Dopamine is involved in several functions, including reward pathways, mood, movement, and attention. Studies also suggest that reduced levels of dopamine in other areas of the brain can also impact these functions, potentially causing negative symptoms of schizophrenia [8][10].

As such, it is believed that dopamine dysregulation occurs in various areas of the brain, thus contributing to a mixture of schizophrenia symptoms [10].

Research also indicates that there may be dysregulation in other neurotransmitters in the brains of people with schizophrenia, such as serotonin, glutamate, GABA, and acetylcholine. These neurotransmitters are involved in functions relating to mood, memory, learning, and movement, so abnormalities can contribute to several schizophrenia symptoms [8][10].  

Brain volume

Gray matter loss in certain areas of the brain contributes to a reduction in the overall size of the brain in people with schizophrenia. Research shows that tissue loss often occurs before the onset of schizophrenia symptoms. This suggests that it may be possible to determine whether an individual is at higher risk of developing schizophrenia by looking at the size of their brain [2][11].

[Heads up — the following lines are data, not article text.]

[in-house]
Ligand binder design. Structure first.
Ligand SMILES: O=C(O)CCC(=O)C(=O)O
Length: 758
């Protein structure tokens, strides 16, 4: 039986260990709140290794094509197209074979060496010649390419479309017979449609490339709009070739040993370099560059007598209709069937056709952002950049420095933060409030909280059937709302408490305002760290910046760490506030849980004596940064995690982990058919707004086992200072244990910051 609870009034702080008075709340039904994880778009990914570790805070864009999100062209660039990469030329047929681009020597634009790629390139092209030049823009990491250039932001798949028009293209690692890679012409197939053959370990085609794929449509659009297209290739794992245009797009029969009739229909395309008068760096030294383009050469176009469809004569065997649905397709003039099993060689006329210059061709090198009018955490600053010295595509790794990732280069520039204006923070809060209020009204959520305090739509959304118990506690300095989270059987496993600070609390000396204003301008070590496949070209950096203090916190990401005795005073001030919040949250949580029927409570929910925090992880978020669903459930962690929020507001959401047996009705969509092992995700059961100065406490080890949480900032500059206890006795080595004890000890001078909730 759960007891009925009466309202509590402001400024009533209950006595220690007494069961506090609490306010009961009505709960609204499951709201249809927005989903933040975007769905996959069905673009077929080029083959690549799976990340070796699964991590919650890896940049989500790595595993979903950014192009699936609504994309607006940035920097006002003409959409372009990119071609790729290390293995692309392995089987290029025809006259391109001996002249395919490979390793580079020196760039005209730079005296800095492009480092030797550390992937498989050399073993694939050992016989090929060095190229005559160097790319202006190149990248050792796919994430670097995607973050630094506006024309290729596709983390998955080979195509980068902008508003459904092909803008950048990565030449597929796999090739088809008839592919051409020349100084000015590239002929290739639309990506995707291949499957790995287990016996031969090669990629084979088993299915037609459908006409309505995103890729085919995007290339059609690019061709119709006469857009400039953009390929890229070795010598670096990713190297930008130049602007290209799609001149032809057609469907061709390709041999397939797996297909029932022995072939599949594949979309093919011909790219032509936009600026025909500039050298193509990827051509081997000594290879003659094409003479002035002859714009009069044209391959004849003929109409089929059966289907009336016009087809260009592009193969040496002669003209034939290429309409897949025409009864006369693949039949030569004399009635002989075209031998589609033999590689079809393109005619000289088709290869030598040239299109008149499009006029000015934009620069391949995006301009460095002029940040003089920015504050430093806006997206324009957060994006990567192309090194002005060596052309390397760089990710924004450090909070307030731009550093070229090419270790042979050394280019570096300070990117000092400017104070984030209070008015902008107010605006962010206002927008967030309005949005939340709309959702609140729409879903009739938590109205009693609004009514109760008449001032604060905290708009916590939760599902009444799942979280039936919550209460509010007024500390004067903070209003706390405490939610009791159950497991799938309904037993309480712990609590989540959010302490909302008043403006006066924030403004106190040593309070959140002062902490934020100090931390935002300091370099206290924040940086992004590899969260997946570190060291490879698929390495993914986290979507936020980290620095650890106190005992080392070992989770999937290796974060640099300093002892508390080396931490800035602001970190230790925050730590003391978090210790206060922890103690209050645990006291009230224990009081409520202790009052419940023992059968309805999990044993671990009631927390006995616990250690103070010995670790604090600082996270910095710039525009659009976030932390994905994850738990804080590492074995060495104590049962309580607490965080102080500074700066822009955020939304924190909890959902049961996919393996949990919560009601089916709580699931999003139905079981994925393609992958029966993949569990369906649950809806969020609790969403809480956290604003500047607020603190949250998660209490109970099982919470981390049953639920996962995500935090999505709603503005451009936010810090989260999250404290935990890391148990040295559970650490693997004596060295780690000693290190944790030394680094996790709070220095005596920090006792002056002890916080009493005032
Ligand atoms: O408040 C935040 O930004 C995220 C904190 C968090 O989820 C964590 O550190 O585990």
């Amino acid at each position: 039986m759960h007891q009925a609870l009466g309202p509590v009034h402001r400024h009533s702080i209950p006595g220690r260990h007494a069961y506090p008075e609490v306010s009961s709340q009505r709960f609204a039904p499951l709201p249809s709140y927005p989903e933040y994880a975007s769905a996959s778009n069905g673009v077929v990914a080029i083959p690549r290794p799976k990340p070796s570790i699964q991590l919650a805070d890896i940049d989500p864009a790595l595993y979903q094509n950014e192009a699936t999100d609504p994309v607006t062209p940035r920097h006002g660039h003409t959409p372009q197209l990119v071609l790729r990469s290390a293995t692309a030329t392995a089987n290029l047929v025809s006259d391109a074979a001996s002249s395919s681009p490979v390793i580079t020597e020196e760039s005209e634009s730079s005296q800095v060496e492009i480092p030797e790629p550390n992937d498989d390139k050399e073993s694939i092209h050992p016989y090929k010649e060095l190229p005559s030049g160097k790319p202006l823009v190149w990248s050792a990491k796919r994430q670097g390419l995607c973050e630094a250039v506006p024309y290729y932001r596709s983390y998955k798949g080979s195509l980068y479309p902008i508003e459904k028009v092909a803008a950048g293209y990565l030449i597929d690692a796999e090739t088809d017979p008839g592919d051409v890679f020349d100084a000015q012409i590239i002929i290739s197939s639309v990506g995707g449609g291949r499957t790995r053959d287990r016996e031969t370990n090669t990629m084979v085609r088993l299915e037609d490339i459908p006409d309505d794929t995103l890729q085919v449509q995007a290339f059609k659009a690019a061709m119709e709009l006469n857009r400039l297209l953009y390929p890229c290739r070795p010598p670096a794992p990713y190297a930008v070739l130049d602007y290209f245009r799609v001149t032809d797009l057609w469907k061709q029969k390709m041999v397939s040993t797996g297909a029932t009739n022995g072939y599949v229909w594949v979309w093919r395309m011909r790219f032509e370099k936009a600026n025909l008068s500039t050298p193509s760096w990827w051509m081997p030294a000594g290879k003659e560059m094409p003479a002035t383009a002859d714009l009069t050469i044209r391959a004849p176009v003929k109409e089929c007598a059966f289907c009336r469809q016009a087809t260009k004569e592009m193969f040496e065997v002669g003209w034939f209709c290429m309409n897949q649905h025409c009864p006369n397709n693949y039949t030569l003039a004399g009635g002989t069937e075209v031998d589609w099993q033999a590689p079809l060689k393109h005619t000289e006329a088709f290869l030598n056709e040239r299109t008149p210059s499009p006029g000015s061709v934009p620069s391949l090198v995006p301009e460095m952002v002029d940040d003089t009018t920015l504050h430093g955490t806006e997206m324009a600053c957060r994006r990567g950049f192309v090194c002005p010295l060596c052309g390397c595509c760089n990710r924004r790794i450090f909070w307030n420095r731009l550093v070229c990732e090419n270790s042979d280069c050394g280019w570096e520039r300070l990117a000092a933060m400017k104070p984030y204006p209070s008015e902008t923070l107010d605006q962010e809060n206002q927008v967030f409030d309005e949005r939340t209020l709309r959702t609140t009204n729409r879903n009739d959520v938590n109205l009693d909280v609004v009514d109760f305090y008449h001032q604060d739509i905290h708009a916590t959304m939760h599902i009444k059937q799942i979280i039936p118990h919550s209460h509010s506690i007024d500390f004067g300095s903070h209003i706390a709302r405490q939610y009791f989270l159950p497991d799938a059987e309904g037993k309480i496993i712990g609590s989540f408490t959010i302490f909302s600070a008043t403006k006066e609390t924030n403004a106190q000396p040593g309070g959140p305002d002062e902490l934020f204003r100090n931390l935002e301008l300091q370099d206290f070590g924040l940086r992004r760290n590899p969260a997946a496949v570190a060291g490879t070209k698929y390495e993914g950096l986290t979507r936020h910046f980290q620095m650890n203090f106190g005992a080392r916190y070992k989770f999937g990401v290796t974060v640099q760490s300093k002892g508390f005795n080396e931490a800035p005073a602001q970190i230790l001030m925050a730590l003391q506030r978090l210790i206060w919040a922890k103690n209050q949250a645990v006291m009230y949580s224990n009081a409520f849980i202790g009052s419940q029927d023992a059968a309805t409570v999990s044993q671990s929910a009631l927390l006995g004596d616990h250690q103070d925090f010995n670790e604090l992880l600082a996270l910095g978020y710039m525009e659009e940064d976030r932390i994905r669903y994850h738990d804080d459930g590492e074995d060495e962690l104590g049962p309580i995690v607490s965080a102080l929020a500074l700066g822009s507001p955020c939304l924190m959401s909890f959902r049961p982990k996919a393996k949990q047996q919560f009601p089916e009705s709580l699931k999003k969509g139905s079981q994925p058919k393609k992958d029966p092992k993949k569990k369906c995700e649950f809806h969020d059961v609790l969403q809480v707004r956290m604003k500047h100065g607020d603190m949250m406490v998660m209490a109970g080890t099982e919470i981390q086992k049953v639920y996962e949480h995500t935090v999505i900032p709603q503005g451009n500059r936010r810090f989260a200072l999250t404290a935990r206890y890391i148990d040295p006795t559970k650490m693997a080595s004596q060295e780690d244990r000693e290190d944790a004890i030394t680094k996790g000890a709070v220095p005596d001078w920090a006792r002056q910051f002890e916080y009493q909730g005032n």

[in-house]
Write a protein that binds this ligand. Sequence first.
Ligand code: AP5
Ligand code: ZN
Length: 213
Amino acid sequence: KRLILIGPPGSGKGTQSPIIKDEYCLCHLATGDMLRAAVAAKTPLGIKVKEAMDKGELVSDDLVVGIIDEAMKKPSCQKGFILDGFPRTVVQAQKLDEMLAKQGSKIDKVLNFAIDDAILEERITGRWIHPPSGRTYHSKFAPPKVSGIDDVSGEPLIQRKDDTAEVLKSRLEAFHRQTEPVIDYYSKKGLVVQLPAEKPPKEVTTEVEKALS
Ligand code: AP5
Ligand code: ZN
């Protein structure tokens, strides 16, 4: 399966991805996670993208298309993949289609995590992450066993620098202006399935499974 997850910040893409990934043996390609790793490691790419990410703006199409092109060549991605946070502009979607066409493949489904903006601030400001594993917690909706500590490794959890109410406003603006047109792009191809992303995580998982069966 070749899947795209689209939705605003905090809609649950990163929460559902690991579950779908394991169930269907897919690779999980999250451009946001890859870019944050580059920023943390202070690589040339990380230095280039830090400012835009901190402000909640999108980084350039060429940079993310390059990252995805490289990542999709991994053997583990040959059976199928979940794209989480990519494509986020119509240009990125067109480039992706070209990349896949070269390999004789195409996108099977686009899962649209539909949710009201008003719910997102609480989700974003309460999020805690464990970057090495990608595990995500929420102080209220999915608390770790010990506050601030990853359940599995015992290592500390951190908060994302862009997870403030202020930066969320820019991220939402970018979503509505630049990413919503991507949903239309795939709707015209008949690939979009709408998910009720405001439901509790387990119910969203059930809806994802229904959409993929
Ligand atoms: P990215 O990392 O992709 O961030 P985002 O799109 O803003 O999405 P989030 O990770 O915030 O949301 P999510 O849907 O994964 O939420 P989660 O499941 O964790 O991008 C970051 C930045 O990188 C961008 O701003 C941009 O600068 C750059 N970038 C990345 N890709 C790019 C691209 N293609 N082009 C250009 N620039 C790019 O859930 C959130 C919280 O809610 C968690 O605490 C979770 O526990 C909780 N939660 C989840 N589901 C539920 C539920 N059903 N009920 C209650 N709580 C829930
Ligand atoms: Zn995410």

Studies also show that brain size continues to reduce over the first 2-5 years of the condition, then remains roughly the same size following this. However, significant tissue loss can continue with the use of high doses of antipsychotic medications [11][12][13].

Can schizophrenia be caused by brain damage?